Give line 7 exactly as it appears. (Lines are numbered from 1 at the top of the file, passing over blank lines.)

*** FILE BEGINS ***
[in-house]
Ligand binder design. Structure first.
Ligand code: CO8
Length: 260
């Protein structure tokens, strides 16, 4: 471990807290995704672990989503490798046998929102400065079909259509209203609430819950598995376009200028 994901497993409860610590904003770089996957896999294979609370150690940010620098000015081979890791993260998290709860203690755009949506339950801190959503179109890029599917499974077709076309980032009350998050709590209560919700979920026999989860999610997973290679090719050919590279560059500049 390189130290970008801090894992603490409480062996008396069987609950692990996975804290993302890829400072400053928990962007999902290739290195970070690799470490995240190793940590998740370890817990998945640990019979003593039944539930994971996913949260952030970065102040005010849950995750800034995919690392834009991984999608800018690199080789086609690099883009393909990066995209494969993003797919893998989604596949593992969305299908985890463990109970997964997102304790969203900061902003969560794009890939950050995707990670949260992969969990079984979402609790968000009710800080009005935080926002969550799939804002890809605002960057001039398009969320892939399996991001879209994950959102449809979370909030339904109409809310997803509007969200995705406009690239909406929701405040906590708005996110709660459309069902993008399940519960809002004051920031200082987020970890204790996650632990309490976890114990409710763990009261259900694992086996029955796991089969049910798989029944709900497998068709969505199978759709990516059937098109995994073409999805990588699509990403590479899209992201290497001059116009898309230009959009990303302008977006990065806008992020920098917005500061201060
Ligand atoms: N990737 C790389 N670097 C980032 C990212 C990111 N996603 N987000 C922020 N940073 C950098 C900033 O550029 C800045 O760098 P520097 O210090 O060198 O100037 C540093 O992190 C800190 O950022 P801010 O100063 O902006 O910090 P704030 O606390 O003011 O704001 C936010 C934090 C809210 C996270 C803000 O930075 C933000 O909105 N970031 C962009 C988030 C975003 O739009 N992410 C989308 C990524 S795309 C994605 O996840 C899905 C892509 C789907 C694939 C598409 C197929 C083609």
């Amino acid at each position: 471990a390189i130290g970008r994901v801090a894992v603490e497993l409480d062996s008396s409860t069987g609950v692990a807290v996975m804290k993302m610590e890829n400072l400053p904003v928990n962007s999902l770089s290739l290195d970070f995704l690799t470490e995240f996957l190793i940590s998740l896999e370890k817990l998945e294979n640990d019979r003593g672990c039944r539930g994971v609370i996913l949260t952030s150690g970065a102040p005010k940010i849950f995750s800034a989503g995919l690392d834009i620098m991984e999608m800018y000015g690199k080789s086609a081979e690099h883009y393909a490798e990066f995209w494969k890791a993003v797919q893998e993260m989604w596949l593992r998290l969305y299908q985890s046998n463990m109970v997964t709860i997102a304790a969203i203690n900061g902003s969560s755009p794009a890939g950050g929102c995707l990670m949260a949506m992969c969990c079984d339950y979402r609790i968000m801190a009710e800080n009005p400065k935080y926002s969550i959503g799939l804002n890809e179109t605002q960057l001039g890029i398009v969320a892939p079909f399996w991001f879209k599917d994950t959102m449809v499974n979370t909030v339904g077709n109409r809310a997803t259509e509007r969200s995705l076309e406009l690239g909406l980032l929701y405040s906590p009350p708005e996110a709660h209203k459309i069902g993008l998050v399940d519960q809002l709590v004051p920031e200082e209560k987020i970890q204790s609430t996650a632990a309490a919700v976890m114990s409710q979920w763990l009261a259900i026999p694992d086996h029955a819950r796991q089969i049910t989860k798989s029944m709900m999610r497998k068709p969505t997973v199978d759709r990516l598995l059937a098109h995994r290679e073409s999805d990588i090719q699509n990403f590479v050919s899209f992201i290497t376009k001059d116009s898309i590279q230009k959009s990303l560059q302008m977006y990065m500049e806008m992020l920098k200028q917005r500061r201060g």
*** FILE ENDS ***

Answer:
């Amino acid at each position: 471990a390189i130290g970008r994901v801090a894992v603490e497993l409480d062996s008396s409860t069987g609950v692990a807290v996975m804290k993302m610590e890829n400072l400053p904003v928990n962007s999902l770089s290739l290195d970070f995704l690799t470490e995240f996957l190793i940590s998740l896999e370890k817990l998945e294979n640990d019979r003593g672990c039944r539930g994971v609370i996913l949260t952030s150690g970065a102040p005010k940010i849950f995750s800034a989503g995919l690392d834009i620098m991984e999608m800018y000015g690199k080789s086609a081979e690099h883009y393909a490798e990066f995209w494969k890791a993003v797919q893998e993260m989604w596949l593992r998290l969305y299908q985890s046998n463990m109970v997964t709860i997102a304790a969203i203690n900061g902003s969560s755009p794009a890939g950050g929102c995707l990670m949260a949506m992969c969990c079984d339950y979402r609790i968000m801190a009710e800080n009005p400065k935080y926002s969550i959503g799939l804002n890809e179109t605002q960057l001039g890029i398009v969320a892939p079909f399996w991001f879209k599917d994950t959102m449809v499974n979370t909030v339904g077709n109409r809310a997803t259509e509007r969200s995705l076309e406009l690239g909406l980032l929701y405040s906590p009350p708005e996110a709660h209203k459309i069902g993008l998050v399940d519960q809002l709590v004051p920031e200082e209560k987020i970890q204790s609430t996650a632990a309490a919700v976890m114990s409710q979920w763990l009261a259900i026999p694992d086996h029955a819950r796991q089969i049910t989860k798989s029944m709900m999610r497998k068709p969505t997973v199978d759709r990516l598995l059937a098109h995994r290679e073409s999805d990588i090719q699509n990403f590479v050919s899209f992201i290497t376009k001059d116009s898309i590279q230009k959009s990303l560059q302008m977006y990065m500049e806008m992020l920098k200028q917005r500061r201060g």